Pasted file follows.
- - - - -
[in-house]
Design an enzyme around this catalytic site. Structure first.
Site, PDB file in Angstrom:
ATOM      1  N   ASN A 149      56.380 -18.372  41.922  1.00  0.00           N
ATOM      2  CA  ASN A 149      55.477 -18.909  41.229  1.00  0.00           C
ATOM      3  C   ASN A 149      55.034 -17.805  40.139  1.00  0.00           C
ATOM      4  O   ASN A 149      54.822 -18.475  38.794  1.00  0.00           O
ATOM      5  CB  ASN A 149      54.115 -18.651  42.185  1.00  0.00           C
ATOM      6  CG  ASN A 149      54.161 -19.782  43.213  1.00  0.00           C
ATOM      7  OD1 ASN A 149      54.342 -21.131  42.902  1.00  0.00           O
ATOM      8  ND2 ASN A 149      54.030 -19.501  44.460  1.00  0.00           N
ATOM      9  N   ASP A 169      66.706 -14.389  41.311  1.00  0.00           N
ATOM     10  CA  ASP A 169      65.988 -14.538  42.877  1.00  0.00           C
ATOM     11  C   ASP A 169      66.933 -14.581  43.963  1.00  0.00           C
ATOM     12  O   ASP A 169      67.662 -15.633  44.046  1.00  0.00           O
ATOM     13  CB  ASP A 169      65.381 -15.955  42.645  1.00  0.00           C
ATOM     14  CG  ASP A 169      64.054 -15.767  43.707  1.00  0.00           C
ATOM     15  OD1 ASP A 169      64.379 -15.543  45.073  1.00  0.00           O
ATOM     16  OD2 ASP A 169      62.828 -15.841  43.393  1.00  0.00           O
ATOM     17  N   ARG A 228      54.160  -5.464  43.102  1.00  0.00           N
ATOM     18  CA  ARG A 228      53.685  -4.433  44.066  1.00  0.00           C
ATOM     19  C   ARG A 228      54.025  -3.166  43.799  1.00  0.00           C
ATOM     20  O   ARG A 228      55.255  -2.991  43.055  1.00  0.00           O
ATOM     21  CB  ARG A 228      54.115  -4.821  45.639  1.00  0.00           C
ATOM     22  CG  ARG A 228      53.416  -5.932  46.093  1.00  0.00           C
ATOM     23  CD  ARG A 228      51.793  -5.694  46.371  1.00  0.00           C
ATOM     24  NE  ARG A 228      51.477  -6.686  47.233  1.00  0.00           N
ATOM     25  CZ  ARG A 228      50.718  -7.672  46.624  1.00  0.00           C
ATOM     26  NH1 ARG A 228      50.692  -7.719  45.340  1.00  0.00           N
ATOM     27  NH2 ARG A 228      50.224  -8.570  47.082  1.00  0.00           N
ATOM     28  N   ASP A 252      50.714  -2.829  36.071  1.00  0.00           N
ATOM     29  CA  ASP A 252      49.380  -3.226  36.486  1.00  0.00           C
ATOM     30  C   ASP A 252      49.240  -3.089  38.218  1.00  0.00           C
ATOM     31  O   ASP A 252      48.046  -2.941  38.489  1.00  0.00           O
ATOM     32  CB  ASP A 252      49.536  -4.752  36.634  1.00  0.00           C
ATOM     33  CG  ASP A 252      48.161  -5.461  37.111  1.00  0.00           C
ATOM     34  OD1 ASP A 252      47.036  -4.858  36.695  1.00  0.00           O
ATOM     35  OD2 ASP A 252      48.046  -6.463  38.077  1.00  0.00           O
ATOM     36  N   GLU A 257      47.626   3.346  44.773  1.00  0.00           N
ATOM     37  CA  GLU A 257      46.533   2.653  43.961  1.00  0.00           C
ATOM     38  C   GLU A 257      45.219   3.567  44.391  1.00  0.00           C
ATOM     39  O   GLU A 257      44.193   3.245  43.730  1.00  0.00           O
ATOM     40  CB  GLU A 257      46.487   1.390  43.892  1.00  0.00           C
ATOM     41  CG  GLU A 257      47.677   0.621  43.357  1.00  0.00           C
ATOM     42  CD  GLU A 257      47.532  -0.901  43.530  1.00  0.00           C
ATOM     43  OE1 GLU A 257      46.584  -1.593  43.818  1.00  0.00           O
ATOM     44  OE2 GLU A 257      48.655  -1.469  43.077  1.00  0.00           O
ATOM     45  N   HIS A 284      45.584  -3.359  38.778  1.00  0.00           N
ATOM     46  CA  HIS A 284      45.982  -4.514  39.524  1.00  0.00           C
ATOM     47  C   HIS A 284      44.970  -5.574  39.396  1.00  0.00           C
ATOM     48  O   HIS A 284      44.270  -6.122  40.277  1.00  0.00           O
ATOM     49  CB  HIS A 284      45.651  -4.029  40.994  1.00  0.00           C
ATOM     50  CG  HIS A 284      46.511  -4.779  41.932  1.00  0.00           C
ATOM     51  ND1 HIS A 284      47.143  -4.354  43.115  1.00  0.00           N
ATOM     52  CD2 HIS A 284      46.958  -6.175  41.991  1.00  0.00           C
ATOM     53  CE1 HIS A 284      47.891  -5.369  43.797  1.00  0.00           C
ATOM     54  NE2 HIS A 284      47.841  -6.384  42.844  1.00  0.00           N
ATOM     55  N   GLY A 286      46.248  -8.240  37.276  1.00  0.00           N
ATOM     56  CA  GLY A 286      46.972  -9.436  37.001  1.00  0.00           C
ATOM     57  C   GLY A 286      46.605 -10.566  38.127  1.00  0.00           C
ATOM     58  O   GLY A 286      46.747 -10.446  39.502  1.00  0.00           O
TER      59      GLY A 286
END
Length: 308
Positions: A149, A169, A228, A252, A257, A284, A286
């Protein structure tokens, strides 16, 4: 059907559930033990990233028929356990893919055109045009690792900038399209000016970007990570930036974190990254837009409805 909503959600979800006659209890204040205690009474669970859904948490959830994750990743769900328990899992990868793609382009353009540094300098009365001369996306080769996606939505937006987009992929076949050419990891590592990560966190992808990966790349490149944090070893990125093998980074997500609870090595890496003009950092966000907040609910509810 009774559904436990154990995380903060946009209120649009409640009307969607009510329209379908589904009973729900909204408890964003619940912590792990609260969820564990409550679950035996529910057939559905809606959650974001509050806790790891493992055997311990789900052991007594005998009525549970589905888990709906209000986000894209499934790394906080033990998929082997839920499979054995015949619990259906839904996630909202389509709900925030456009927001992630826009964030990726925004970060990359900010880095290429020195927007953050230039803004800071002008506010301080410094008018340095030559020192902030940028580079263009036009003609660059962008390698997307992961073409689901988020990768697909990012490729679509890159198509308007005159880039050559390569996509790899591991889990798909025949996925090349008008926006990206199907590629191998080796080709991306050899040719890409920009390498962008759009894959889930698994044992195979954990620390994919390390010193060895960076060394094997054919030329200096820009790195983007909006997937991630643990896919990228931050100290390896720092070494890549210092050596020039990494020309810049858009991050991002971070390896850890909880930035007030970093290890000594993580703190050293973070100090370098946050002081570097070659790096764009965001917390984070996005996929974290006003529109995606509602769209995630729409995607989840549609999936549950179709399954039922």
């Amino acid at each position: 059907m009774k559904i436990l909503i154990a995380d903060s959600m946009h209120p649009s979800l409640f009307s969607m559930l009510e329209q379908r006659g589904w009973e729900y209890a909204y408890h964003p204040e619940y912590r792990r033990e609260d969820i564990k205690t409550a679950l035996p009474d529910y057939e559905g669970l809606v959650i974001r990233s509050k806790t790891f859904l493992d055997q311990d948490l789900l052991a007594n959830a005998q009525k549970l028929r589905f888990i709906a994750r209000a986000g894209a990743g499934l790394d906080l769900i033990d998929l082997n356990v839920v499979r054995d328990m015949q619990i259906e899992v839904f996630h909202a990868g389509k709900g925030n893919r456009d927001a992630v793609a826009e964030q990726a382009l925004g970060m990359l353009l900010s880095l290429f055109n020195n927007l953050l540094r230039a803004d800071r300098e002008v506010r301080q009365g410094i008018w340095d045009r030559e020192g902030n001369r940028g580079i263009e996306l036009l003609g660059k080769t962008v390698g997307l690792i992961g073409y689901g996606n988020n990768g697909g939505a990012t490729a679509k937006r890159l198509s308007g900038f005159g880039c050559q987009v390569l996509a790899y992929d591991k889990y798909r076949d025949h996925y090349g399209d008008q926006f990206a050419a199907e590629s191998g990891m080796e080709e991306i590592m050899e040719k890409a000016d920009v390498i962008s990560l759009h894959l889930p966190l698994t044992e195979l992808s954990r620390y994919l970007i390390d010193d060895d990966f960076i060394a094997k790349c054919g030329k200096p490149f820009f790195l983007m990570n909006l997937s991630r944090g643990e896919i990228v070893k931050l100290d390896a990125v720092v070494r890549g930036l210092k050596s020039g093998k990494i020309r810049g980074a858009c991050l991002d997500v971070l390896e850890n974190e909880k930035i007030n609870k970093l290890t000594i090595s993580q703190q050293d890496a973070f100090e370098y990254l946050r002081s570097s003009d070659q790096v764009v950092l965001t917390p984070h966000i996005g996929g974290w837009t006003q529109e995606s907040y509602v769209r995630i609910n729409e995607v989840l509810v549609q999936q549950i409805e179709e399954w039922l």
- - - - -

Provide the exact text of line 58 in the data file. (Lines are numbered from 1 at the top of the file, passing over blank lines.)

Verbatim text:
ATOM     55  N   GLY A 286      46.248  -8.240  37.276  1.00  0.00           N